At one point I read that using the scale parameter doesn’t work for a variable font. So, I was wondering if scaling a component in a master will work for a variable font. Let’s say there is glyph made up of components, and they are scaled, so that the scale is shown in the info panel. The way this seems to work is that all the calculations between the masters is done and then the last thing to be done is that the scale is applied to everything. An example is that there is a thin master with a thin component, a second master with weight added inside the component to the thin component and a third master that scales the width of the thin component. The way this is displayed using instances, is that the instance first calculates the values for the chosen weight applied to the thin master, and then the width scale is applied to the result of both the extents of the thin master plus the weight. If the scale were only to be applied to the thin component, then the weight of the second master would not also be scaled. Will scaling like this work for a variable font.

Component can’t change scaling. Only the position change.

Thanks! Also, can slant angle function applied to component be used with variable font?

As I said: only the position can be variable.

OK, got it. FYI in the “Variable Font Preview” plugin, using scaling and slanting on components works just fine, just like in the standard instance preview.

It might be that the components get decomposed. Then the transformations will “work” but not as components. That can make a difference, mostly with rotations.

I tested this, and a setup with 5 axes and 6 masters, and with scaling and slant applied to components for width and italic, works fine in “Variable Font Preview”. The setup does not work in “Variable Font Preview” after I decompose the components. I assume this is because within glyphs scaling and slant applied to components is supported and I understand the components will be decomposed upon variable font export and so won’t work properly after export.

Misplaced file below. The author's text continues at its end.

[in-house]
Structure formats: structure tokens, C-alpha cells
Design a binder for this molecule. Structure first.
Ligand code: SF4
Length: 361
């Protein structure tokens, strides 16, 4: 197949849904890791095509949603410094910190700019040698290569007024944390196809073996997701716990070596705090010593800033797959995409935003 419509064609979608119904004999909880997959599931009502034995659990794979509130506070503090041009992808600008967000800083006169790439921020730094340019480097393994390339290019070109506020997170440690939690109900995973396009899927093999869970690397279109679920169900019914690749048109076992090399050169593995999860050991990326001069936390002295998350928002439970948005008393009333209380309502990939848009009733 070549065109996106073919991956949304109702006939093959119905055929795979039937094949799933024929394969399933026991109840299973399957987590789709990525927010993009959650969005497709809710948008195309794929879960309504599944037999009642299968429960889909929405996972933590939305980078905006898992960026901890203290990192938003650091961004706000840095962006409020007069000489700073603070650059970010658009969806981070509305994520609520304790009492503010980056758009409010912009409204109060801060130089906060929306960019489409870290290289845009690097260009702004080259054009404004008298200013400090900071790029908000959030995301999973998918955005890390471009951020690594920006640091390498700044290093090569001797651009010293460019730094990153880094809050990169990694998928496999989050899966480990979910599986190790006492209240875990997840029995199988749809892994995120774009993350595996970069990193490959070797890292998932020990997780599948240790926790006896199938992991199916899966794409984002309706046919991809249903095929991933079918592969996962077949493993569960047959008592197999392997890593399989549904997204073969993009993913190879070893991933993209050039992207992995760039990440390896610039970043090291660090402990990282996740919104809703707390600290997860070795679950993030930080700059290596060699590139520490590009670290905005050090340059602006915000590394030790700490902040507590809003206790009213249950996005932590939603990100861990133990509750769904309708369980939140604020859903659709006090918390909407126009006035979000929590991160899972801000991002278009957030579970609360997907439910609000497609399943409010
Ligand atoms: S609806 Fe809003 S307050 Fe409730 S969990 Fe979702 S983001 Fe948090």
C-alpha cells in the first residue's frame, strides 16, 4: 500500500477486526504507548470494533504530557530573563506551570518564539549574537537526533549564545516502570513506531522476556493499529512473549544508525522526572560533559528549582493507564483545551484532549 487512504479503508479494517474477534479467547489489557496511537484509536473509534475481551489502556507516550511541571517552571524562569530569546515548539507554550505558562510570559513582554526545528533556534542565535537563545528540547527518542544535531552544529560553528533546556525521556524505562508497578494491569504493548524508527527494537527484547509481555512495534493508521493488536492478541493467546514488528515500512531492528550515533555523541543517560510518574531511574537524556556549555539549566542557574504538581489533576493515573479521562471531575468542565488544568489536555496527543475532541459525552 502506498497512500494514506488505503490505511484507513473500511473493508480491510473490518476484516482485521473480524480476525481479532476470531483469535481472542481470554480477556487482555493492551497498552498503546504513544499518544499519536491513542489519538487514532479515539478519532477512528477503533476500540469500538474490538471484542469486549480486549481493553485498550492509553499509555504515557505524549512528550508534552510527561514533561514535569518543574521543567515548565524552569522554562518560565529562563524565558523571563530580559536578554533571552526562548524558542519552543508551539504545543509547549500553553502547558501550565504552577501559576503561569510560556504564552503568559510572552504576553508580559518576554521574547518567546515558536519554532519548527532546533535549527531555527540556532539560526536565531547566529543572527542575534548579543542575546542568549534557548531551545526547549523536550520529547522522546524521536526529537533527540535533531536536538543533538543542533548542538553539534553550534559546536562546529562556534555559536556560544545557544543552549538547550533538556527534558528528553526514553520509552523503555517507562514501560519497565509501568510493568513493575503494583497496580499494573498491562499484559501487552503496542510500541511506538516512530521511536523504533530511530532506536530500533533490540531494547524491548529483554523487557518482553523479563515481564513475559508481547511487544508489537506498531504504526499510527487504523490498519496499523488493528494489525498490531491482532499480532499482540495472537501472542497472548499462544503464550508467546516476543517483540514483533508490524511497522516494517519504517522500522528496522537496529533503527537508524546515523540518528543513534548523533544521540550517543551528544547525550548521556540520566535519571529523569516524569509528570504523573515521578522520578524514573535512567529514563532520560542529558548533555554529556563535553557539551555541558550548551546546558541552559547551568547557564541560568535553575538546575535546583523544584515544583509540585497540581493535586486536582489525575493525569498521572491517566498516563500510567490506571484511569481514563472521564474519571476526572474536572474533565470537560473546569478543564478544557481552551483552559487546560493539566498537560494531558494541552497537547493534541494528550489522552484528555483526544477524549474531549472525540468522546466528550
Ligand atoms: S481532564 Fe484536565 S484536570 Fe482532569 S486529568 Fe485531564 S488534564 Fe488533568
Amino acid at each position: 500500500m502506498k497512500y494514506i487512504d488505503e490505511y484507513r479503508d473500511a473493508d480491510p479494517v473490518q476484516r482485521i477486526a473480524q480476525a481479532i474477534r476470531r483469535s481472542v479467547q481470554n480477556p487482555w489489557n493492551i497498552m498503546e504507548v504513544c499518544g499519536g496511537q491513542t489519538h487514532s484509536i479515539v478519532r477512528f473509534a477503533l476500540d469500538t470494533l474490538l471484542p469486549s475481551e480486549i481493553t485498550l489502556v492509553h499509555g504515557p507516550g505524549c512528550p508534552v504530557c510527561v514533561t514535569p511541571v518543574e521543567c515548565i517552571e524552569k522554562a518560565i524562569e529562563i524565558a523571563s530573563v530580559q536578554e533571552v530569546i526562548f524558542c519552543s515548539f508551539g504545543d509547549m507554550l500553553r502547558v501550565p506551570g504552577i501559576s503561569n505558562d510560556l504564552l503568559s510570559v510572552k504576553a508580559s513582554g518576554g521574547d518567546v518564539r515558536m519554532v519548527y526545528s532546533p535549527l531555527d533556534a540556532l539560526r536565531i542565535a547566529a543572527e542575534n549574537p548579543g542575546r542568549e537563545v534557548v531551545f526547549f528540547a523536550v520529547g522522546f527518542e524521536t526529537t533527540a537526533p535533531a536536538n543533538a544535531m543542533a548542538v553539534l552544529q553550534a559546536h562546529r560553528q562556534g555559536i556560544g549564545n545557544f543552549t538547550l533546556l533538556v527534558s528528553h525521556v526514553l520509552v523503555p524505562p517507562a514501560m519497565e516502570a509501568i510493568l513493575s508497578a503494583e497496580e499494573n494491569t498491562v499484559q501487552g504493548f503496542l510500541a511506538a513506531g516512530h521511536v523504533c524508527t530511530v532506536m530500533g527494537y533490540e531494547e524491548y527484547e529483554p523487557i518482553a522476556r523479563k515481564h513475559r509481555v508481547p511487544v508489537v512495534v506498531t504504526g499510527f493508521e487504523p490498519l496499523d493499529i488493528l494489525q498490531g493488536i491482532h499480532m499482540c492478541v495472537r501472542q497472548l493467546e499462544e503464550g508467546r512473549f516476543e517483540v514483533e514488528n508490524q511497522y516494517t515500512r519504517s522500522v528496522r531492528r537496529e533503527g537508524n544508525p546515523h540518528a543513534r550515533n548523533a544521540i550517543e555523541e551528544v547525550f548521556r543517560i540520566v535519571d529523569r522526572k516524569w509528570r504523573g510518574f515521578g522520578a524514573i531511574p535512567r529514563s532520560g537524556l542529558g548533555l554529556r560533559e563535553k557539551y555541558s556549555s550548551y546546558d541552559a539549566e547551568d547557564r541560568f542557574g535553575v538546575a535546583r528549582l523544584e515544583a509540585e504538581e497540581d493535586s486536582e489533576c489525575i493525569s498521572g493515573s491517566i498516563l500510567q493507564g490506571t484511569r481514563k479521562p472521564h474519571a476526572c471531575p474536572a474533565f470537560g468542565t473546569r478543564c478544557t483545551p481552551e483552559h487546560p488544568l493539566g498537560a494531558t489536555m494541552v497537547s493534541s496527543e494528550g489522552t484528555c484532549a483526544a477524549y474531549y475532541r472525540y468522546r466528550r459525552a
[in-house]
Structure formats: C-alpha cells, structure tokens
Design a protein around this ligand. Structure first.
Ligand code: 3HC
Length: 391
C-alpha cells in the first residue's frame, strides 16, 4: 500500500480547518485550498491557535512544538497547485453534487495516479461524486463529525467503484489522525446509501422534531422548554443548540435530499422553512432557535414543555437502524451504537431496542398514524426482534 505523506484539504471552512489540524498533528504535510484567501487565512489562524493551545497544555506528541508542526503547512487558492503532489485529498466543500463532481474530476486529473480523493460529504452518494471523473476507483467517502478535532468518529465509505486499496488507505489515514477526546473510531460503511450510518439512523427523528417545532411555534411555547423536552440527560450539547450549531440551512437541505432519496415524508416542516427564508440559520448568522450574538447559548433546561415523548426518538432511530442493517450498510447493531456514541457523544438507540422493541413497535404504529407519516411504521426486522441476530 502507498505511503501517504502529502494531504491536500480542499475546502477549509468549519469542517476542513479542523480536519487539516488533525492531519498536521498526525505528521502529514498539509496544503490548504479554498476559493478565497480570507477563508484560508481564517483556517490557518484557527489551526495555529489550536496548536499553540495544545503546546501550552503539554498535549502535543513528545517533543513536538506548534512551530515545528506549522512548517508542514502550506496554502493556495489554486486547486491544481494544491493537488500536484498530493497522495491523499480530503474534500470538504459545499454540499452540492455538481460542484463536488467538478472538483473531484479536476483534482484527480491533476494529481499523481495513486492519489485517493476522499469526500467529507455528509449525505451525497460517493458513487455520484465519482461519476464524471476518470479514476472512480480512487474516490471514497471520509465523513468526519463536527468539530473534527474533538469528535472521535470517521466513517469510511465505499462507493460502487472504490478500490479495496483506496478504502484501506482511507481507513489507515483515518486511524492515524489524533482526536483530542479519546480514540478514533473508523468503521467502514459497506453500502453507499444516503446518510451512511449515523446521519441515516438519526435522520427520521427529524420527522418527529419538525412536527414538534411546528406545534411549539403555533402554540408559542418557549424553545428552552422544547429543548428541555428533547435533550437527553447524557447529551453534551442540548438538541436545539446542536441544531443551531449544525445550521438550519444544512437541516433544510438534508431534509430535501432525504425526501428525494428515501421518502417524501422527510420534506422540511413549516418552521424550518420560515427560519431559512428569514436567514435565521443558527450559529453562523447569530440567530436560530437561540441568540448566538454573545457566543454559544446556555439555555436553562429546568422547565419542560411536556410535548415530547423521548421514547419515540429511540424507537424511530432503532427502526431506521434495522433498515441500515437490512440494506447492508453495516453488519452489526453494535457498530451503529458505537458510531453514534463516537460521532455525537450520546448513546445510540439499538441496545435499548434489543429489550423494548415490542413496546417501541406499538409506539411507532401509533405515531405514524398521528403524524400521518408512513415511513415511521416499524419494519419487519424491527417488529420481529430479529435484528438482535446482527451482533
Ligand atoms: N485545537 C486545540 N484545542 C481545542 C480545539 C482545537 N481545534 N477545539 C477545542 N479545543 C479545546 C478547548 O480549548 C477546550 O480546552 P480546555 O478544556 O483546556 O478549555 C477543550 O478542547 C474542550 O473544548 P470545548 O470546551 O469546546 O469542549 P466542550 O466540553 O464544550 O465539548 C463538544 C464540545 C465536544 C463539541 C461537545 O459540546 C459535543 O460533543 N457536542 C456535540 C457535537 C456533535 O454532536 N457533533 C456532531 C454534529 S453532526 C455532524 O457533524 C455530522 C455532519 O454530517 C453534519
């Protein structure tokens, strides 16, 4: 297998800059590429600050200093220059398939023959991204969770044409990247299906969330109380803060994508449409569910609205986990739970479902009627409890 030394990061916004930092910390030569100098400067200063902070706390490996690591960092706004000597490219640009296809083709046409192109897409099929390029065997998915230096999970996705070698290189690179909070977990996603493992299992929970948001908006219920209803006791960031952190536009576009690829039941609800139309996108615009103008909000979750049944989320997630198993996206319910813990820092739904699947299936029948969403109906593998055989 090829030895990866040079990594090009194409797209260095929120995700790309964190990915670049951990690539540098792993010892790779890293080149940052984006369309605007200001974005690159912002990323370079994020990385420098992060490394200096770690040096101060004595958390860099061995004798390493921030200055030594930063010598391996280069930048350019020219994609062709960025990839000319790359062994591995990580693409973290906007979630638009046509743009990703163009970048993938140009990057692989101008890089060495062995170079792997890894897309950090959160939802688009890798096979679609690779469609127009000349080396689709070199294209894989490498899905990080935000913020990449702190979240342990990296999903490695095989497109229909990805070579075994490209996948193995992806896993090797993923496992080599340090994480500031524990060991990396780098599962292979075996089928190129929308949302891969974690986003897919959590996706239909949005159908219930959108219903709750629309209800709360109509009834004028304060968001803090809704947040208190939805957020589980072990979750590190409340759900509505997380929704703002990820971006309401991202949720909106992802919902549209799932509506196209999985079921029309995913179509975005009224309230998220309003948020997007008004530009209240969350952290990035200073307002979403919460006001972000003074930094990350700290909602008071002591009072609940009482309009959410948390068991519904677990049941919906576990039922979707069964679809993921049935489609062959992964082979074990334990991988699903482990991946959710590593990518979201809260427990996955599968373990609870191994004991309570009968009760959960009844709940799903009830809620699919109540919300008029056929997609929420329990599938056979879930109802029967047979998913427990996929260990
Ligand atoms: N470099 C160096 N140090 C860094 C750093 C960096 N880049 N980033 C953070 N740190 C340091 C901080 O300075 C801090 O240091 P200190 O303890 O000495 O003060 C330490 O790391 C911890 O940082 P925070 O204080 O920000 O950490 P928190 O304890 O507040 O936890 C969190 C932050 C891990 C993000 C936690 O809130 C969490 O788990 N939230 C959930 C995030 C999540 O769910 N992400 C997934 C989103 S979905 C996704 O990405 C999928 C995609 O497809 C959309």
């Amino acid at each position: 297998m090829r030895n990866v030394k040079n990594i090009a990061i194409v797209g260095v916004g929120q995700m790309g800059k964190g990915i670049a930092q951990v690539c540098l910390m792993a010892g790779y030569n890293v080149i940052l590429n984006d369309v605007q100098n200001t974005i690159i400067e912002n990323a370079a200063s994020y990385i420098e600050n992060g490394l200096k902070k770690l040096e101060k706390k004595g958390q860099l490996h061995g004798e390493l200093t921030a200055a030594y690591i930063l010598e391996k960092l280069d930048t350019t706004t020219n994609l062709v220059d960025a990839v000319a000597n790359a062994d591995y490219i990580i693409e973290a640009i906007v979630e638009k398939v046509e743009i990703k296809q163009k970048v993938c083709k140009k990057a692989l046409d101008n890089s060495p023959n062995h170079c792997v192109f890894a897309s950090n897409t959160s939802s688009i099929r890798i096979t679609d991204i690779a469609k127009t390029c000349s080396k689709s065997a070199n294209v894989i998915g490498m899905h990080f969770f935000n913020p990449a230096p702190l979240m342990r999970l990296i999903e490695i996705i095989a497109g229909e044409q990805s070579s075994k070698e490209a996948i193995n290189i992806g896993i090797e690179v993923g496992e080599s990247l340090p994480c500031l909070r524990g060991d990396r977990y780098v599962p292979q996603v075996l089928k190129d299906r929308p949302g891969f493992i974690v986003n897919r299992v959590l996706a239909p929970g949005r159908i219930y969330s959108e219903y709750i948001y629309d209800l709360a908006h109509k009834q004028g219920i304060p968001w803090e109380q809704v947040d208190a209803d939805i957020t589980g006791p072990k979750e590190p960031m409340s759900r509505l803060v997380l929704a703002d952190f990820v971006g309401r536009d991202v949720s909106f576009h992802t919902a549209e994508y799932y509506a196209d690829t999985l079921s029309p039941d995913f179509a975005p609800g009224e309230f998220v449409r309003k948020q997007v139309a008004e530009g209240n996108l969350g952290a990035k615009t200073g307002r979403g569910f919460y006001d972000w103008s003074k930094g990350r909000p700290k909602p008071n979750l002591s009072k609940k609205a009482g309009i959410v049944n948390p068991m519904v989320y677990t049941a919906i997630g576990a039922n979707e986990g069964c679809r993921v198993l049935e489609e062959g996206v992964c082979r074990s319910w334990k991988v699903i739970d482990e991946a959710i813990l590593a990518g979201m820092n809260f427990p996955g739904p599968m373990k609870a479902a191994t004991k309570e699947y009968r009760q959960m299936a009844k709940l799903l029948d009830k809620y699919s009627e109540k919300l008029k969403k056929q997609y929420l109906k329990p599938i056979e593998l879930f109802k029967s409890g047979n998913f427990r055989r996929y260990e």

So, for variable fonts (and also for intermediate brace layers) testing indicates that transformations can be used on components, like scaling and slant, as long as the set up will work after all components are decomposed. Without decomposition some setups with component transformations work, and work with as few as the number or axes plus 1 (for 5 axes, 6 masters sometimes works well). But to work after decomposition of all components and for intermediate brace layers, testing indicates that the number of masters needs to equal 2^n, where n = the number of masters. This is the number of vertices of the hyper-cube, where each vertex represents the combinations and permutations of the minimum and maximum value of each axis. So, for 2 axes this would be 4 masters, which are at the 4 corners a square. For 3 axes this would be 8 masters, which are at the 8 vertices of a cube. For 5 axes this would be 32 masters, which are at the 32 vertices of the 5 dimensional hyper-cube. So, the short answer is to use as few axes as possible for variable fonts and intermediate brace layers to work, or the number of masters needed multiplies quickly. Conversely, if you use the number of masters that are at the vertices of the hyper-cube of the maximum and minimum values of the axes, everything seems to work well, even when using component transformations. I think this matches some of the advice in the tutorials. Thanks.